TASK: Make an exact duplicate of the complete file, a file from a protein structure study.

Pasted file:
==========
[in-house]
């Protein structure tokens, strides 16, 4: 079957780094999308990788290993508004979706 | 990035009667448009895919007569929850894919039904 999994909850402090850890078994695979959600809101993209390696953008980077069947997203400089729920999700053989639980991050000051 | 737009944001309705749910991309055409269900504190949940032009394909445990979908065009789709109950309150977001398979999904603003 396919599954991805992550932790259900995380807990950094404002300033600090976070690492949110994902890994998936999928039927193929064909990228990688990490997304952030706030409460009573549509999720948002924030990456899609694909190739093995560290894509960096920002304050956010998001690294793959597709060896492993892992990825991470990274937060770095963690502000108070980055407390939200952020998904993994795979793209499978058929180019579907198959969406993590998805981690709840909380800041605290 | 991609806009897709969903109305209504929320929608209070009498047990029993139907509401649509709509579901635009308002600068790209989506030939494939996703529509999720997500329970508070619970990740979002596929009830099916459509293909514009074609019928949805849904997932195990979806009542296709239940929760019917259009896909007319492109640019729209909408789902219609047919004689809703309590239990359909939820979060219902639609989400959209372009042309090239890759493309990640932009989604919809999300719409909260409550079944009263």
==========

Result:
[in-house]
């Protein structure tokens, strides 16, 4: 079957780094999308990788290993508004979706 | 990035009667448009895919007569929850894919039904 999994909850402090850890078994695979959600809101993209390696953008980077069947997203400089729920999700053989639980991050000051 | 737009944001309705749910991309055409269900504190949940032009394909445990979908065009789709109950309150977001398979999904603003 396919599954991805992550932790259900995380807990950094404002300033600090976070690492949110994902890994998936999928039927193929064909990228990688990490997304952030706030409460009573549509999720948002924030990456899609694909190739093995560290894509960096920002304050956010998001690294793959597709060896492993892992990825991470990274937060770095963690502000108070980055407390939200952020998904993994795979793209499978058929180019579907198959969406993590998805981690709840909380800041605290 | 991609806009897709969903109305209504929320929608209070009498047990029993139907509401649509709509579901635009308002600068790209989506030939494939996703529509999720997500329970508070619970990740979002596929009830099916459509293909514009074609019928949805849904997932195990979806009542296709239940929760019917259009896909007319492109640019729209909408789902219609047919004689809703309590239990359909939820979060219902639609989400959209372009042309090239890759493309990640932009989604919809999300719409909260409550079944009263």